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Sun, Nov 26, 2023

Stratolaunch Aims for Commercialized Hypersonics

Twin-Hull "Roc" Testbed Tests Mid-Air Launch Techniques

Stratolaunch LLC has continued its efforts to develop a Mach 5 capable aircraft, helped along by a familiarly Rutanesque design in the form of Scaled Composites' Roc.

Stratolaunch had planned to offer satellite launch services by taking advantage of lower costs achieved by mid-air ignition, working with Scaled Composites of Burt Rutan fame to design a twin-fuselage aircraft capable of lifting a small rocket up as high as possible. Jet A is generally much cheaper than rocket fuel, or so the plan goes, but ultimately Stratolaunch found itself behind the curve, with the satellite delivery market being taken over by reusable launch vehicles. The only other air-launch service provider, Virgin Galactic, has been similarly outpaced by SpaceX's impressive operational tempo. Back to the drawing board, Stratolaunch saw a market niche untapped within the USA, soon to be more brightly illuminated by the fires of war back East: Hypersonics. The Roc, as it happens, serves as an excellent test bed for large rockets and missiles, allowing the company a solid vantage point to help develop Mach 5 capable systems for a government that found itself behind the power curve in similar fashion. 

In a brief piece highlighting their efforts, Stratolaunch let slip that they plan to test out their first prototype, the TA-1, before 2024. Another, TA-2, is scheduled for launch early in 2024 to prove the design can autonomously guide itself to a safe landing at Vandenberg AFB. Taking a page from SpaceX and similarly resourceful operators, the Talon series of aircraft will be just as reusable, saving millions over the lifecycle of hypersonic tests. Beyond helping the US catch up to near-peers and their programs abroad, Stratolaunch has begun softly courting civilian clientele who can find a use for such aircraft, too.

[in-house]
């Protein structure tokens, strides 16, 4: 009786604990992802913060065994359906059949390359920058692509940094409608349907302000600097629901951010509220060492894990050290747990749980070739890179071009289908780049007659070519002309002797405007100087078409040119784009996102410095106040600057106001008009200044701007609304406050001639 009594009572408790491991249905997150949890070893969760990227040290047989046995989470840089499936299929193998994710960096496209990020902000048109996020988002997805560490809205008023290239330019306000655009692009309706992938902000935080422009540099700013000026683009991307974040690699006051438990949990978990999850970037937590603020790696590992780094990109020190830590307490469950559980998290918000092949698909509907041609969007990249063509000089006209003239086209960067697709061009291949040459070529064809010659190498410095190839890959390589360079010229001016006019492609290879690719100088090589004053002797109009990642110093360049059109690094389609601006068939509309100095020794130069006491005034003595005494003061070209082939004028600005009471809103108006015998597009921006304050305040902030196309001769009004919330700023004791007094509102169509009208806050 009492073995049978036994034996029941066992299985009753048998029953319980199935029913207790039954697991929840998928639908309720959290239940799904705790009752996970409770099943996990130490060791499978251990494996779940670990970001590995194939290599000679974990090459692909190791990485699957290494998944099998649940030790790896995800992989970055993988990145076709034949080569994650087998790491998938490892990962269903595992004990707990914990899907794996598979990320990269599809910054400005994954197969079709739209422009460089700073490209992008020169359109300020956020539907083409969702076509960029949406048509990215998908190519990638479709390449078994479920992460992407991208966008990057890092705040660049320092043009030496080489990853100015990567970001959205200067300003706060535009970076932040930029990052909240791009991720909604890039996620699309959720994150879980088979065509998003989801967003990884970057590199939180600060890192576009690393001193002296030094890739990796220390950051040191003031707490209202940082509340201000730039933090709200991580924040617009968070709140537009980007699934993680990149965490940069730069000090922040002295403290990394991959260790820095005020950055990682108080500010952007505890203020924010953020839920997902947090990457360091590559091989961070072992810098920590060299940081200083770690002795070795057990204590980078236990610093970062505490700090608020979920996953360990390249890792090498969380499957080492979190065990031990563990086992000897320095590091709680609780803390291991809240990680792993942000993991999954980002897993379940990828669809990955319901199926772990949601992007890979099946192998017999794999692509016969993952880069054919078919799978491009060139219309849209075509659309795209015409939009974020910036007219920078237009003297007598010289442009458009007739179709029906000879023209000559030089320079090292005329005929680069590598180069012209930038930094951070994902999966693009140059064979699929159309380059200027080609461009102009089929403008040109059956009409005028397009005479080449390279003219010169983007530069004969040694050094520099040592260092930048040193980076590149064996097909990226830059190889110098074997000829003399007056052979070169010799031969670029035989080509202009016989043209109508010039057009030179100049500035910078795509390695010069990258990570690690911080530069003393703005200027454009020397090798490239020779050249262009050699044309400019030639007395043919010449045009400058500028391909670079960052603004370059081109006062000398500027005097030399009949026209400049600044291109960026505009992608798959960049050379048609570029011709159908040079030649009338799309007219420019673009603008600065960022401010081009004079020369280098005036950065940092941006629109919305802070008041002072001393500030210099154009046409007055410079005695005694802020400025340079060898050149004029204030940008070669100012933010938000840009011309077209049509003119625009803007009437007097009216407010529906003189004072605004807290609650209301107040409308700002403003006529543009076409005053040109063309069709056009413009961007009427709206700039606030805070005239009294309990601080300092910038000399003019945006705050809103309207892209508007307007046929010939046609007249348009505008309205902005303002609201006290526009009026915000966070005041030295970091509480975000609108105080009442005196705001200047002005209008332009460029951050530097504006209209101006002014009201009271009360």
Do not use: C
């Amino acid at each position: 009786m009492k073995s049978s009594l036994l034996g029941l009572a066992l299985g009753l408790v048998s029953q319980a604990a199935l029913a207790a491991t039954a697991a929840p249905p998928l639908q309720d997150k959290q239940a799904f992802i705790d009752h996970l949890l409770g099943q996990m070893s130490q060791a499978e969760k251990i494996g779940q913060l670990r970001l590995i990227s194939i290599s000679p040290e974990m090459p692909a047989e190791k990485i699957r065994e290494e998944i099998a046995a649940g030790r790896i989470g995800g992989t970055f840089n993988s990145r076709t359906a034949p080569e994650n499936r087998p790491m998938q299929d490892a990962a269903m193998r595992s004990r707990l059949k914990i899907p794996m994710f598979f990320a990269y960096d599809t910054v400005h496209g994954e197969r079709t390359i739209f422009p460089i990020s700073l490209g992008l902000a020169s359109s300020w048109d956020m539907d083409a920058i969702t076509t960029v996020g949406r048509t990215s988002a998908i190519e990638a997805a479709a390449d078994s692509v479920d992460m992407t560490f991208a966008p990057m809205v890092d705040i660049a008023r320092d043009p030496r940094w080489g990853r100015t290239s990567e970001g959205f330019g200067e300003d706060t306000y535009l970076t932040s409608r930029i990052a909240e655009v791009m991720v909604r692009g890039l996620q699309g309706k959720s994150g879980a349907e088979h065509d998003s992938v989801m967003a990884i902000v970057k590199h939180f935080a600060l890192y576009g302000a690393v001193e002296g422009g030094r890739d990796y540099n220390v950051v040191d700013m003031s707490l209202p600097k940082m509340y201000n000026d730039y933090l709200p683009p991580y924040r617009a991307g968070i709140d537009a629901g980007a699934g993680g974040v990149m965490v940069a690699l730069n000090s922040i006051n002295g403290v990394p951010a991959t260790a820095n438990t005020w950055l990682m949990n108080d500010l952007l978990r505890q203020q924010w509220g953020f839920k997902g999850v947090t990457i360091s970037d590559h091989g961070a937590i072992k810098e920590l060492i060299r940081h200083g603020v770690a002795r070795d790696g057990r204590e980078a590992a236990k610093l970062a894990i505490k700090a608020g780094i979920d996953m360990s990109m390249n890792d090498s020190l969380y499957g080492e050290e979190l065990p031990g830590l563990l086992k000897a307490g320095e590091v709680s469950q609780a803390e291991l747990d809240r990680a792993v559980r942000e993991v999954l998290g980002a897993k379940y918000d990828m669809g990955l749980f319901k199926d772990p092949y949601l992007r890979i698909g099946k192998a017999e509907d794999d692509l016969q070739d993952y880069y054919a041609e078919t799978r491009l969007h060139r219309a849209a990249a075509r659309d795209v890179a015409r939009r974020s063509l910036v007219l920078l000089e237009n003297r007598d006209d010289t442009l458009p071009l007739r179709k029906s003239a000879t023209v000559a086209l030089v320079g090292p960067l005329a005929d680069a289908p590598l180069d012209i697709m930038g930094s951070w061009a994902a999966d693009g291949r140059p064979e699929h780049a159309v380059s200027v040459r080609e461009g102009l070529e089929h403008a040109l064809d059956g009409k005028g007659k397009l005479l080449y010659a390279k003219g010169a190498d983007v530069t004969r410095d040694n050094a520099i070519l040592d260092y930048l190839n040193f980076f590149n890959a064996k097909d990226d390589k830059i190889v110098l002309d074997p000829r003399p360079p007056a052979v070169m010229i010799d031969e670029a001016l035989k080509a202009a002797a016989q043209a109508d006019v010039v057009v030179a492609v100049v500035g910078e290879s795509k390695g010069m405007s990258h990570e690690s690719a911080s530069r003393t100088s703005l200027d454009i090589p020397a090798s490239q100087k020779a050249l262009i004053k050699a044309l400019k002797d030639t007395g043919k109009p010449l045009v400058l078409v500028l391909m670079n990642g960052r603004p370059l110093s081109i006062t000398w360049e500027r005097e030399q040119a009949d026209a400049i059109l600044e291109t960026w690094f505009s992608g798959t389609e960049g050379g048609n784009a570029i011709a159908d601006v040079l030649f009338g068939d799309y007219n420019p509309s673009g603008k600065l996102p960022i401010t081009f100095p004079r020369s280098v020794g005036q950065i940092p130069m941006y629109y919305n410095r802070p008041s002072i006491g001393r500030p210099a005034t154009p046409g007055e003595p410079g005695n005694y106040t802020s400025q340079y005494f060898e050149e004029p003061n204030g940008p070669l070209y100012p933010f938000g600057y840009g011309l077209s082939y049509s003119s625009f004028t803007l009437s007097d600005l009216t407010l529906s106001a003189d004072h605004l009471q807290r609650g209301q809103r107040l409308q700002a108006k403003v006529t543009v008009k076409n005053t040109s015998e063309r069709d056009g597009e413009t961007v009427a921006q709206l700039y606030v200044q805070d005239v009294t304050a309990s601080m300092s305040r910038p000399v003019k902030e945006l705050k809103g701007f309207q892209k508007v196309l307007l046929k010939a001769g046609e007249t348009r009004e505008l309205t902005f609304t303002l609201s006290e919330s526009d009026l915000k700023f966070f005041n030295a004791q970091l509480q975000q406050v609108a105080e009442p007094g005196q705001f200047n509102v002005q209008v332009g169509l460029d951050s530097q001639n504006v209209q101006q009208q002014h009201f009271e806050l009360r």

“We can go Mach 3 to Mach 6, so we can fly a lot of different and operationally relevant trajectories and flight paths,” said Zachary Krevor, Stratolaunch CEO. “Flying a variety of different Mach numbers and dynamic pressures is what the hypersonic community cares about.” If he's right, then there's plenty of business on the table. Stratolaunch currently expects pricing for test flights using the Talon series in the 7-figure neighborhood, far cheaper than similar programs in the past that would see that number creep up five to tenfold for a disposable hypersonic platform. 

FMI: www.stratolaunch.com

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